As stated previously, this procedure attempted to do something different other than teach patients the feeling of having to go to the bathroom. It attempted to teach patients to be under a specific stimulus control, that of which was sitting on the toilet and eliminating. Sometimes prompts were needed but were then faded. After the training phase, the patients moved into a lesser monitored post-training maintenance procedure where they would only be checked six times daily for accidents with no apparatuses. If there was an accident though, the same procedure as during training would be implemented plus a delay of their meal and/or no snack would be given. This reduction of checking continued on to minimal maintenance and finally a termination of maintenance procedures when the patient does not have an accident for one month.
The simple fact is that this experiment proved to reduce incontinence after the training procedure about 90%. “Before training, the residents averaged about two accidents per 8-hr day per patient. After training, the number of accidents decreased to about one accident every fourth day per resident,” (Azrin and Foxx, 1971, p. 95). These results were drastically more successful compared to previously attempted experiments. The actual training had an average of six days for the patients and voluntary control over toileting was accomplished in three days. Successful toileting wasn’t the only result from this experiment, a sense of satisfaction also resulted in the hospital staff and the supervisors, as well as the patients interpreted through their behavior signs. After all the nine patients went through the maintenance procedure and finally once no longer having the maintenance procedure utilized, some degree of generalization was measured through the patients being able to go to the bathroom during the middle of the night.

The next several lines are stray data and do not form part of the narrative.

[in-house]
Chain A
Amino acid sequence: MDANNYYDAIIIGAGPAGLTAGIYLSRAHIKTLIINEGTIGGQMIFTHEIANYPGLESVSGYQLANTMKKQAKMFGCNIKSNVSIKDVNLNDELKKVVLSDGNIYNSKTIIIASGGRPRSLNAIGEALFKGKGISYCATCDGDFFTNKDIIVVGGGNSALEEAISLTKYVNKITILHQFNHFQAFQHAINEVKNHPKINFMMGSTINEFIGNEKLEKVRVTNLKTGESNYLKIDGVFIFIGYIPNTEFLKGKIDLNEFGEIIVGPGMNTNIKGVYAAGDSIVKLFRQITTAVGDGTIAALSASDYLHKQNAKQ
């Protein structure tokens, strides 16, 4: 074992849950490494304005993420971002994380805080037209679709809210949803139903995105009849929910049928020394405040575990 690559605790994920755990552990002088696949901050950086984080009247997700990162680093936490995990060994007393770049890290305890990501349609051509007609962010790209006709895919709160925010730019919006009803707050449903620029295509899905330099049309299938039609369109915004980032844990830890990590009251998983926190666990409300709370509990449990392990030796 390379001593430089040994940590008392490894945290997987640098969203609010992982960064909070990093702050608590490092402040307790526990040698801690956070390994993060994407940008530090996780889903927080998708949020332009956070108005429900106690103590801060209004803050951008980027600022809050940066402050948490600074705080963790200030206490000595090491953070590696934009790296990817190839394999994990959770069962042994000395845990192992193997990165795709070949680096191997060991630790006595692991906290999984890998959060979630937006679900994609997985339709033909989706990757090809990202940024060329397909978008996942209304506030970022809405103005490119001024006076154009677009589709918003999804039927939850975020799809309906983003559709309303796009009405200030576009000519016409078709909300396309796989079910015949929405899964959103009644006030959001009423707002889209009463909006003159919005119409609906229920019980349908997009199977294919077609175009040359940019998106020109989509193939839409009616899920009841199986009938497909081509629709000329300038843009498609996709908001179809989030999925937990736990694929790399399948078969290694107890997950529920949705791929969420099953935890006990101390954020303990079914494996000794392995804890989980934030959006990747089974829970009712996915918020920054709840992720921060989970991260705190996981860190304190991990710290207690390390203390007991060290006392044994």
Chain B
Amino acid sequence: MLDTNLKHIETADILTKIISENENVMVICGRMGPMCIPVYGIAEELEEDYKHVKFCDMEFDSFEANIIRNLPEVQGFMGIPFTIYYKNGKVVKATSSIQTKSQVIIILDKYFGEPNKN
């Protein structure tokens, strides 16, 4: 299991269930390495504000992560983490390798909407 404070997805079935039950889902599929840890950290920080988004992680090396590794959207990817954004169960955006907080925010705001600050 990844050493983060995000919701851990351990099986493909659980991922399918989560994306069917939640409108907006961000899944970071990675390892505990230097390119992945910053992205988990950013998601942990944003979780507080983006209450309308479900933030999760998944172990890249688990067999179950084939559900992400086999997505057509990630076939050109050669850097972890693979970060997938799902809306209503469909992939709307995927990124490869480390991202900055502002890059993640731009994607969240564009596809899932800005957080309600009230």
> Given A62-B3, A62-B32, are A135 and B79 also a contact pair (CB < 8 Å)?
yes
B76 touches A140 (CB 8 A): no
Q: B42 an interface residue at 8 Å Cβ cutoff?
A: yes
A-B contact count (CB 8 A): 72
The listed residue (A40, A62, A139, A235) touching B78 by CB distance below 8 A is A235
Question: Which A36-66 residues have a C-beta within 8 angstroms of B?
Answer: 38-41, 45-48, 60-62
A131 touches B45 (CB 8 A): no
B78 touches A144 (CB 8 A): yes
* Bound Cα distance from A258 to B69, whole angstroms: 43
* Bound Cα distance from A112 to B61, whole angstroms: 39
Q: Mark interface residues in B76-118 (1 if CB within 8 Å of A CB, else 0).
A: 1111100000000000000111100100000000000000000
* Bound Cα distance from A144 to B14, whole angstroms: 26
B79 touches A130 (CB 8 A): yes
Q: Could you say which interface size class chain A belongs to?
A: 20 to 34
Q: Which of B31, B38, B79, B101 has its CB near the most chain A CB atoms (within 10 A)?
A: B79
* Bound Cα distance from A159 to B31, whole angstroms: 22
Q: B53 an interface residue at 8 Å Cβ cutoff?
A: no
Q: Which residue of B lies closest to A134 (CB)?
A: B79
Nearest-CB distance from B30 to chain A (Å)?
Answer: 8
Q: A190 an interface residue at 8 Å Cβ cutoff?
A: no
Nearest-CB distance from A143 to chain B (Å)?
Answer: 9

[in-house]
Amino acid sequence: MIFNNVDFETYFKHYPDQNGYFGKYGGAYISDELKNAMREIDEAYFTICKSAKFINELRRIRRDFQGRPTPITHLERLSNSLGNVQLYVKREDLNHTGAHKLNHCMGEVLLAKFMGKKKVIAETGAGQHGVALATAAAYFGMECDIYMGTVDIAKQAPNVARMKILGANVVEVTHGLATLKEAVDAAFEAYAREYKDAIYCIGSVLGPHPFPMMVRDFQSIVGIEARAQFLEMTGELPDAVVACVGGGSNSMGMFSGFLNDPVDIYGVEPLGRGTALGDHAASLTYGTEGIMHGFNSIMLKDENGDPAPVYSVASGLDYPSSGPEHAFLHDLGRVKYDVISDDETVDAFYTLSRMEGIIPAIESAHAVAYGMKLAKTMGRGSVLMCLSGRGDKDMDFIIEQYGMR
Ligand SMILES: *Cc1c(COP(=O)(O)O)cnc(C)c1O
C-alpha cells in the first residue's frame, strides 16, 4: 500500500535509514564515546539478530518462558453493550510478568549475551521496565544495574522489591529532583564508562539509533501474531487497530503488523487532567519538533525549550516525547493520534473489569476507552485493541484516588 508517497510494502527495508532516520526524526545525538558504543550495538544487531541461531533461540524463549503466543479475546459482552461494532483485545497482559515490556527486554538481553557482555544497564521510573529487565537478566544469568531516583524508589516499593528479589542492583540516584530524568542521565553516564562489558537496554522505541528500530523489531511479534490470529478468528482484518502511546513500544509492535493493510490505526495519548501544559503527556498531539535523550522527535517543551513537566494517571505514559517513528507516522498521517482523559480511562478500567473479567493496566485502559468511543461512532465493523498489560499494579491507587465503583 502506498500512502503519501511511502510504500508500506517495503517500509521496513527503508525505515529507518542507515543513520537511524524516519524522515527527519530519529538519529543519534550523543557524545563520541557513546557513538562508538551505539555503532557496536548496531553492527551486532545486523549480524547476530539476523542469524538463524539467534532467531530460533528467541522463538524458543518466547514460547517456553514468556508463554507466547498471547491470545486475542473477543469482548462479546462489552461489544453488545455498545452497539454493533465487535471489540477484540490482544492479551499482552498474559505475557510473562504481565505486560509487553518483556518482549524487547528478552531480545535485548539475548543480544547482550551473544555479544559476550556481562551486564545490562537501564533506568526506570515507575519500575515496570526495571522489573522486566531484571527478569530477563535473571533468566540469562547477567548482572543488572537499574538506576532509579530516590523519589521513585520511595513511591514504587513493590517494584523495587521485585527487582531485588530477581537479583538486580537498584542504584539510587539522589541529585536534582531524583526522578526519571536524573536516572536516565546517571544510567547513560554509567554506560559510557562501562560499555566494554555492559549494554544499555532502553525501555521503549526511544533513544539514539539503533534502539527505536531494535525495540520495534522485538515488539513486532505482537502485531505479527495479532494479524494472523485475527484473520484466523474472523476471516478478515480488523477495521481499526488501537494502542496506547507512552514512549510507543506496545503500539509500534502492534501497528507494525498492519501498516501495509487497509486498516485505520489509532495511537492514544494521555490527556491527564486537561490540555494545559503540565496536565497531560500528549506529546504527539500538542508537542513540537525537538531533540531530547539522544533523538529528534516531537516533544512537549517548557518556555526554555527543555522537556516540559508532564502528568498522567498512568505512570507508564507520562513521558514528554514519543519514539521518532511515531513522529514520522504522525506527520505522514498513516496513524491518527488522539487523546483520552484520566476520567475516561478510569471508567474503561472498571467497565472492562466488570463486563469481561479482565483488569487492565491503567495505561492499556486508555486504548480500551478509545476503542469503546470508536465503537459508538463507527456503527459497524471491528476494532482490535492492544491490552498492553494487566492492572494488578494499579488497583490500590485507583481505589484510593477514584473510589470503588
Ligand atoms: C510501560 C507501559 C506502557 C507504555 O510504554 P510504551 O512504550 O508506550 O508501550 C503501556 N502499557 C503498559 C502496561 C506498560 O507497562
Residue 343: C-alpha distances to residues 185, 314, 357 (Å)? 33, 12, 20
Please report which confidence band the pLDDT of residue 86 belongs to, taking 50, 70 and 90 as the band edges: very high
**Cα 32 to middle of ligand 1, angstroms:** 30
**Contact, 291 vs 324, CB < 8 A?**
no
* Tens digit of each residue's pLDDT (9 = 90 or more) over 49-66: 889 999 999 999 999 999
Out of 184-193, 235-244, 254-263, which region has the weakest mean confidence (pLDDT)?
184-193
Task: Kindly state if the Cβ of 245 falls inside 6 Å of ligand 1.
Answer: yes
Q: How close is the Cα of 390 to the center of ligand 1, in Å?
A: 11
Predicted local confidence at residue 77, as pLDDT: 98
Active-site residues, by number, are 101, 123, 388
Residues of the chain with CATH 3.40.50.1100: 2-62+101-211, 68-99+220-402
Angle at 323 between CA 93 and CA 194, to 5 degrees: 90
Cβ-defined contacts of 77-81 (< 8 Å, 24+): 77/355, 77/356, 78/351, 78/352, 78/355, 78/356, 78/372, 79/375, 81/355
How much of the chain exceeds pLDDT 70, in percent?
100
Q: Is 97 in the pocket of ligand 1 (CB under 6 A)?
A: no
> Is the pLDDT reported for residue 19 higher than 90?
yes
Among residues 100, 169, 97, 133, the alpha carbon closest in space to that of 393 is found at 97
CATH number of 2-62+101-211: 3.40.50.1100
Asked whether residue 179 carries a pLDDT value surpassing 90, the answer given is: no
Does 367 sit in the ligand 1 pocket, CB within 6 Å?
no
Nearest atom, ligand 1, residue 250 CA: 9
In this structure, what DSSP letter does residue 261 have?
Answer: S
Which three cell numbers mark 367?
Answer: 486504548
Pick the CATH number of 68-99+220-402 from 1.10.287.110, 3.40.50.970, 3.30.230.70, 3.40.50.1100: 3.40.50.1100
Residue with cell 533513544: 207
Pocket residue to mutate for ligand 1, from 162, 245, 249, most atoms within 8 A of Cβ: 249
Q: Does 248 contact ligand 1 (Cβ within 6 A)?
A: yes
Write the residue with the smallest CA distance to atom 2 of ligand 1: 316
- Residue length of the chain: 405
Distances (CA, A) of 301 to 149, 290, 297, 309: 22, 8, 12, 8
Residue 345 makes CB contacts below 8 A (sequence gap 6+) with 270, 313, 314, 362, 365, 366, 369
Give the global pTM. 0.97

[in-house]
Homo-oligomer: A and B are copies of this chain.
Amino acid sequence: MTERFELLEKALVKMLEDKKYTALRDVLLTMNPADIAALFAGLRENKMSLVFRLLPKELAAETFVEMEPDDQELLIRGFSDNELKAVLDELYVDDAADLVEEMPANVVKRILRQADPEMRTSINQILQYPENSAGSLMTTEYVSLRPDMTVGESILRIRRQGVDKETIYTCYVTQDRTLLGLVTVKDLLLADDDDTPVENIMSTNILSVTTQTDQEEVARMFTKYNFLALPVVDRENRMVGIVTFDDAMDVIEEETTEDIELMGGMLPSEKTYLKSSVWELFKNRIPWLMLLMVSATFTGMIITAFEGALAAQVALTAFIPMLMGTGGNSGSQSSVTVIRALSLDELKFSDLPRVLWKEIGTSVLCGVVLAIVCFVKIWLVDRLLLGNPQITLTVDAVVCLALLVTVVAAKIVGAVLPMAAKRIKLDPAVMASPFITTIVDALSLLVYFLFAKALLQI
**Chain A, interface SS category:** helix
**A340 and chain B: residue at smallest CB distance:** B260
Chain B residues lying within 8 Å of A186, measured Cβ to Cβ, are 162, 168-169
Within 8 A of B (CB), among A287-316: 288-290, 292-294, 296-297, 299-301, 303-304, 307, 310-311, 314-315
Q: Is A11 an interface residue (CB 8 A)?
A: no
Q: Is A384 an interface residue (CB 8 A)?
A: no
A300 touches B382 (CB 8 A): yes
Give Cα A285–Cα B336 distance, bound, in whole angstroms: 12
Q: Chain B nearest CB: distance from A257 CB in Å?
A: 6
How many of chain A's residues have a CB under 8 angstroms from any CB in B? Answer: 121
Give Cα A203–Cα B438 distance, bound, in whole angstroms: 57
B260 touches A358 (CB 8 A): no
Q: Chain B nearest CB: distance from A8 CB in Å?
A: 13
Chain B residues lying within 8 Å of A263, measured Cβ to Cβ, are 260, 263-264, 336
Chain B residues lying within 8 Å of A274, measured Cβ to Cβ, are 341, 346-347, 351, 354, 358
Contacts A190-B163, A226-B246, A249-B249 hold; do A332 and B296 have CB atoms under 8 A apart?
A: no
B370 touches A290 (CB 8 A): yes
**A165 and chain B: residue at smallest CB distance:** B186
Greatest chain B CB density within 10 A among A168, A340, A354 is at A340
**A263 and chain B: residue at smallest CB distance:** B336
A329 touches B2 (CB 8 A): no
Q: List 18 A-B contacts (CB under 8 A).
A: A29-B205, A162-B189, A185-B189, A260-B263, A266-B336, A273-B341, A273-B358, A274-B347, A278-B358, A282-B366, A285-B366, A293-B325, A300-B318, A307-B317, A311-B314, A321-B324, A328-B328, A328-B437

This study proved to be a successful and cost-effective way to treat incontinence in institutionalized profoundly retarded patients. The procedure applied was a fairly quick and pleasant experience for the patients and staff included. By implementing this training procedure with a control group, the authors were able to perform a within-subject and between-groups comparison that showed virtually no other factors involved in influencing the decrease of incontinence. This study had a few key parts that made it so successful. The set up of understanding that toileting was a chain of behaviors that could be reinforced and punished with operant conditioning, instead of looking at proper toileting as a reflexive response made all the difference. The fact that the authors considered steps in the behavior chain to be taught and shaped throughout the procedure also improved the success. This procedure has proved to be successful in this class of patients and has also been applied to other various classes of people and proved time and time again successful.